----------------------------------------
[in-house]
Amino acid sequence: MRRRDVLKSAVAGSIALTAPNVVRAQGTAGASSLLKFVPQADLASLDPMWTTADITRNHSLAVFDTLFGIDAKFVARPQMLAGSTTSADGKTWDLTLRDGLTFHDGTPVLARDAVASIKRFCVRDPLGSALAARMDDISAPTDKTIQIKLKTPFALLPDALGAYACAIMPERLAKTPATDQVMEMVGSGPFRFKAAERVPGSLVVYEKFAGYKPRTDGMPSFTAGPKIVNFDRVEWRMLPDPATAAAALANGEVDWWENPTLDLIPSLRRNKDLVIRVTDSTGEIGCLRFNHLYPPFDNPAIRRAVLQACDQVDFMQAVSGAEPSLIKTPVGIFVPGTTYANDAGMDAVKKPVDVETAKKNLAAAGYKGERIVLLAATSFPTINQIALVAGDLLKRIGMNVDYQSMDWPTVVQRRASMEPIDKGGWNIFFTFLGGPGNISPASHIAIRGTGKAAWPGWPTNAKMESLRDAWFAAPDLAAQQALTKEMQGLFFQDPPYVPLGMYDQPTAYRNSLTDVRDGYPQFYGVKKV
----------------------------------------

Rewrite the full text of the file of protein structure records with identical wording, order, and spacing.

[in-house]
Amino acid sequence: MRRRDVLKSAVAGSIALTAPNVVRAQGTAGASSLLKFVPQADLASLDPMWTTADITRNHSLAVFDTLFGIDAKFVARPQMLAGSTTSADGKTWDLTLRDGLTFHDGTPVLARDAVASIKRFCVRDPLGSALAARMDDISAPTDKTIQIKLKTPFALLPDALGAYACAIMPERLAKTPATDQVMEMVGSGPFRFKAAERVPGSLVVYEKFAGYKPRTDGMPSFTAGPKIVNFDRVEWRMLPDPATAAAALANGEVDWWENPTLDLIPSLRRNKDLVIRVTDSTGEIGCLRFNHLYPPFDNPAIRRAVLQACDQVDFMQAVSGAEPSLIKTPVGIFVPGTTYANDAGMDAVKKPVDVETAKKNLAAAGYKGERIVLLAATSFPTINQIALVAGDLLKRIGMNVDYQSMDWPTVVQRRASMEPIDKGGWNIFFTFLGGPGNISPASHIAIRGTGKAAWPGWPTNAKMESLRDAWFAAPDLAAQQALTKEMQGLFFQDPPYVPLGMYDQPTAYRNSLTDVRDGYPQFYGVKKV